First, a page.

How To Start A Cleaning Business From Scratch
You could be running your own cleaning business in a week.
The cleaning industry has a low barrier to entry with low overhead, capable of generating cash flow quickly. And there’s always a steady stream of demand.
If you start your business right, in a few months or a year, you could be running a successful cleaning business with several employees.
But you have to start it right.
You don’t want to fall into things, working for clients without having taken care of initial planning.
Whether you choose to start a residential, commercial, vehicle, or other specialty cleaning service (like a focus on carpets or windows), there’s a foundation you have to follow before taking on your first client.
This is about being purposeful in the set up. We’ll show you how to start a cleaning business from scratch, the right way, from the planning stage all the way to launch.
Step #1: Start with market analysis and budgeting
The cleaning industry has always experienced high demand, and thanks to the COVID-19 pandemic, that demand has grown even more.
With a 6% predicted growth rate—possibly as high as 10%— from 2019 to 2027, it’s an industry that’s set to outpace all other industries. That makes a cleaning business one of the most recession-proof industries out there, and extremely attractive in today’s economic climate.
Your first step to doing things right is to get your finances on solid footing:
- Know what your upfront costs are. Whether it’s supplies, legal fees, or marketing, do the research and list what you’ll need to get started. Don’t start with clients, randomly adding what you need as you go, because that will make some of the next steps difficult. Instead, determine what you must have right away, what you would add down the road, and set up a budget accordingly. This is planning to start and planning for growth.
- Find sources of financing. Every cleaning venture has different startup costs. Some businesses have a lower start cost (e.g. basic residential cleaning), while others have specialized equipment. Sources of financing might include your savings, family or friends who want to invest, credit cards, direct bank loans, or apply for available federal or state small business grants or loans. Keep in mind that some sources will add to expenses if they are high interest, and have to be budgeted accordingly.
- Get business financial services in order. As a business, you’ll need a business checking account, as well as software or a system to invoice and take payment. You may want to work with your bank about a line of credit for future expenses. You’ll also want insurance and any applicable licensing for your type of cleaning business.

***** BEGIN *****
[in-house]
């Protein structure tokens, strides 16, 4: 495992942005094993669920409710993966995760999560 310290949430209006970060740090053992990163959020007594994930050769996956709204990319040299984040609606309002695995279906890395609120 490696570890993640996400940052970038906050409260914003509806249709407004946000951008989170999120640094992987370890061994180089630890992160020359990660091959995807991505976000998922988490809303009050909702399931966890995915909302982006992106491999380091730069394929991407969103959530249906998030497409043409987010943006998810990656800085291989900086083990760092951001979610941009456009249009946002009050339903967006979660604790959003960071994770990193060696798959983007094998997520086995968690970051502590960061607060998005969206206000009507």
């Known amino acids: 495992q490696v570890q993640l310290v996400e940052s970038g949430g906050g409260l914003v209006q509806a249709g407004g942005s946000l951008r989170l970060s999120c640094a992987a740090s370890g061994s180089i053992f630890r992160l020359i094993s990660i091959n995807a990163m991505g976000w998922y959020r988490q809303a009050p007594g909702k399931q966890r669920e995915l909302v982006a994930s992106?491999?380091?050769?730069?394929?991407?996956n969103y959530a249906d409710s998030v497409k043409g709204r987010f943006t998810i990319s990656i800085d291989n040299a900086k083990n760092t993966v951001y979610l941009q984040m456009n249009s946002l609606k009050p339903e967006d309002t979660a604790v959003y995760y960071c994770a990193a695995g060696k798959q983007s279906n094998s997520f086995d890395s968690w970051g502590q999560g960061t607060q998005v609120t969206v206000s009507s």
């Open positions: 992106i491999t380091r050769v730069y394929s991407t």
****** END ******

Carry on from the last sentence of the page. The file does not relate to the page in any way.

Your costs and financial needs will fluctuate as you grow and add equipment, but you shouldn’t start taking on clients and haphazardly buying supplies and tools as need arises. Your costs will balloon and your budget (if you made one) will break if your expenses are crisis-generated.
Unplanned starts, especially in financial matters, lead to early failure.
Step #2: Name your business and build your brand
Naming your business might sound easy.
All kinds of clever and catchy phrases probably come to mind, but if you get naming and branding wrong, you might be self-limiting your business unintentionally. Someday, your business is going to expand. What started out as a residential cleaning service might grow to include commercial cleaning as well.
Your cleaning business needs a name and a brand that’s evergreen.
That means it doesn’t grow old; instead, it allows for growth and expansion and everything still fits inside the brand. Common naming and branding mistakes might refer to your geographic location, or being service-specific.
If your brand isn’t evergreen, growth is difficult and may force you to rebrand down the road. Rebranding is confusing for clients.
With that in mind, here’s how you create a name and build a brand when you start a cleaning business:
- Choose that evergreen name and brand. Consider your company values (for example, are you environmentally conscious?) and mission. Consider your target market and how you want customers to view you. Confront industry stereotypes and build your brand in defiance of what’s negative.
- Decide on your voice. Decide how you will “sound” when you communicate to clients and to the public. This is the tone you’ll use on social media, your tagline, other marketing, and even in written communication. It encompasses the visual style as well as the words. Will you be clever? Formal? Witty? A friendly brand is approachable and conversational. A higher-end brand is more formal.